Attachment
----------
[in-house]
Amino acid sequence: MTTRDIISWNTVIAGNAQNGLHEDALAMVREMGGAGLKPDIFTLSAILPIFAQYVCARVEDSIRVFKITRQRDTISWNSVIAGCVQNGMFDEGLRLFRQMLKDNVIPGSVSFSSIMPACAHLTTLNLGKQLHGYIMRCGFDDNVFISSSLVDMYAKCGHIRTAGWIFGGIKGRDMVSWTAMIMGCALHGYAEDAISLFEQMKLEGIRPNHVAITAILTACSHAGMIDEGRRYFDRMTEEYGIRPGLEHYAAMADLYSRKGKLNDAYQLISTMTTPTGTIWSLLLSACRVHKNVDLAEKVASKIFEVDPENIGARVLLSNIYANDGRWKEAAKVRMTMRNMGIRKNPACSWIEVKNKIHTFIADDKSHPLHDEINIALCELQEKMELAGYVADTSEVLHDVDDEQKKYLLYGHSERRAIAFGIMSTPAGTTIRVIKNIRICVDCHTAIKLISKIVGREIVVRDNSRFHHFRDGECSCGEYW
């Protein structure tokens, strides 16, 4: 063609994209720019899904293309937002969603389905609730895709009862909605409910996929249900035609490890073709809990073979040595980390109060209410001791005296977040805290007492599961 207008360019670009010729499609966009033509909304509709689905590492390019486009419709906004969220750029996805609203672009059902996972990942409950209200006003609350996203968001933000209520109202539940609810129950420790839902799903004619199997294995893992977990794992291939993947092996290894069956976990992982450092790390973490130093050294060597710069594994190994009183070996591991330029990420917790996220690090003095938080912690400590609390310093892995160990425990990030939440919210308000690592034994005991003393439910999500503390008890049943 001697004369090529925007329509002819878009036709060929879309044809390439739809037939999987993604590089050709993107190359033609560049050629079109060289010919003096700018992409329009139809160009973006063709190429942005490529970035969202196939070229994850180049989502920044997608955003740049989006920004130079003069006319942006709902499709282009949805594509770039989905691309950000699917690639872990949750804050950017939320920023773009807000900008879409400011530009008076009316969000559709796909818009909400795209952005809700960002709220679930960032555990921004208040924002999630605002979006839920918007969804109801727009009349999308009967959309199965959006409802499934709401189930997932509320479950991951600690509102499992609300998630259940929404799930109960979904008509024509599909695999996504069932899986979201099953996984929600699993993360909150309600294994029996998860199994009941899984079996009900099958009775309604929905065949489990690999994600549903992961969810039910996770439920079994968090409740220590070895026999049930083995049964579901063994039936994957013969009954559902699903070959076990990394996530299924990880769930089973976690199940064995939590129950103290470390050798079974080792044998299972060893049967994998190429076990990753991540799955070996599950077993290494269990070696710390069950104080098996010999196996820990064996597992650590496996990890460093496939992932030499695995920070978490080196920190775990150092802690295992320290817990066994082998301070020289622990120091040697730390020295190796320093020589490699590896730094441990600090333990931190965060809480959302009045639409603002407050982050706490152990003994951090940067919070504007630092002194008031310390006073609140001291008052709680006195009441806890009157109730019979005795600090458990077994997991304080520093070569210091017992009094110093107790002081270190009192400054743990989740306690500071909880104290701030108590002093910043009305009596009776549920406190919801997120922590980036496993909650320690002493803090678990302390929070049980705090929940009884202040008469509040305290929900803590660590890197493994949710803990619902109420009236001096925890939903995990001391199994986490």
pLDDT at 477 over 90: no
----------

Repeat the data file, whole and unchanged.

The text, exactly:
[in-house]
Amino acid sequence: MTTRDIISWNTVIAGNAQNGLHEDALAMVREMGGAGLKPDIFTLSAILPIFAQYVCARVEDSIRVFKITRQRDTISWNSVIAGCVQNGMFDEGLRLFRQMLKDNVIPGSVSFSSIMPACAHLTTLNLGKQLHGYIMRCGFDDNVFISSSLVDMYAKCGHIRTAGWIFGGIKGRDMVSWTAMIMGCALHGYAEDAISLFEQMKLEGIRPNHVAITAILTACSHAGMIDEGRRYFDRMTEEYGIRPGLEHYAAMADLYSRKGKLNDAYQLISTMTTPTGTIWSLLLSACRVHKNVDLAEKVASKIFEVDPENIGARVLLSNIYANDGRWKEAAKVRMTMRNMGIRKNPACSWIEVKNKIHTFIADDKSHPLHDEINIALCELQEKMELAGYVADTSEVLHDVDDEQKKYLLYGHSERRAIAFGIMSTPAGTTIRVIKNIRICVDCHTAIKLISKIVGREIVVRDNSRFHHFRDGECSCGEYW
């Protein structure tokens, strides 16, 4: 063609994209720019899904293309937002969603389905609730895709009862909605409910996929249900035609490890073709809990073979040595980390109060209410001791005296977040805290007492599961 207008360019670009010729499609966009033509909304509709689905590492390019486009419709906004969220750029996805609203672009059902996972990942409950209200006003609350996203968001933000209520109202539940609810129950420790839902799903004619199997294995893992977990794992291939993947092996290894069956976990992982450092790390973490130093050294060597710069594994190994009183070996591991330029990420917790996220690090003095938080912690400590609390310093892995160990425990990030939440919210308000690592034994005991003393439910999500503390008890049943 001697004369090529925007329509002819878009036709060929879309044809390439739809037939999987993604590089050709993107190359033609560049050629079109060289010919003096700018992409329009139809160009973006063709190429942005490529970035969202196939070229994850180049989502920044997608955003740049989006920004130079003069006319942006709902499709282009949805594509770039989905691309950000699917690639872990949750804050950017939320920023773009807000900008879409400011530009008076009316969000559709796909818009909400795209952005809700960002709220679930960032555990921004208040924002999630605002979006839920918007969804109801727009009349999308009967959309199965959006409802499934709401189930997932509320479950991951600690509102499992609300998630259940929404799930109960979904008509024509599909695999996504069932899986979201099953996984929600699993993360909150309600294994029996998860199994009941899984079996009900099958009775309604929905065949489990690999994600549903992961969810039910996770439920079994968090409740220590070895026999049930083995049964579901063994039936994957013969009954559902699903070959076990990394996530299924990880769930089973976690199940064995939590129950103290470390050798079974080792044998299972060893049967994998190429076990990753991540799955070996599950077993290494269990070696710390069950104080098996010999196996820990064996597992650590496996990890460093496939992932030499695995920070978490080196920190775990150092802690295992320290817990066994082998301070020289622990120091040697730390020295190796320093020589490699590896730094441990600090333990931190965060809480959302009045639409603002407050982050706490152990003994951090940067919070504007630092002194008031310390006073609140001291008052709680006195009441806890009157109730019979005795600090458990077994997991304080520093070569210091017992009094110093107790002081270190009192400054743990989740306690500071909880104290701030108590002093910043009305009596009776549920406190919801997120922590980036496993909650320690002493803090678990302390929070049980705090929940009884202040008469509040305290929900803590660590890197493994949710803990619902109420009236001096925890939903995990001391199994986490």
pLDDT at 477 over 90: no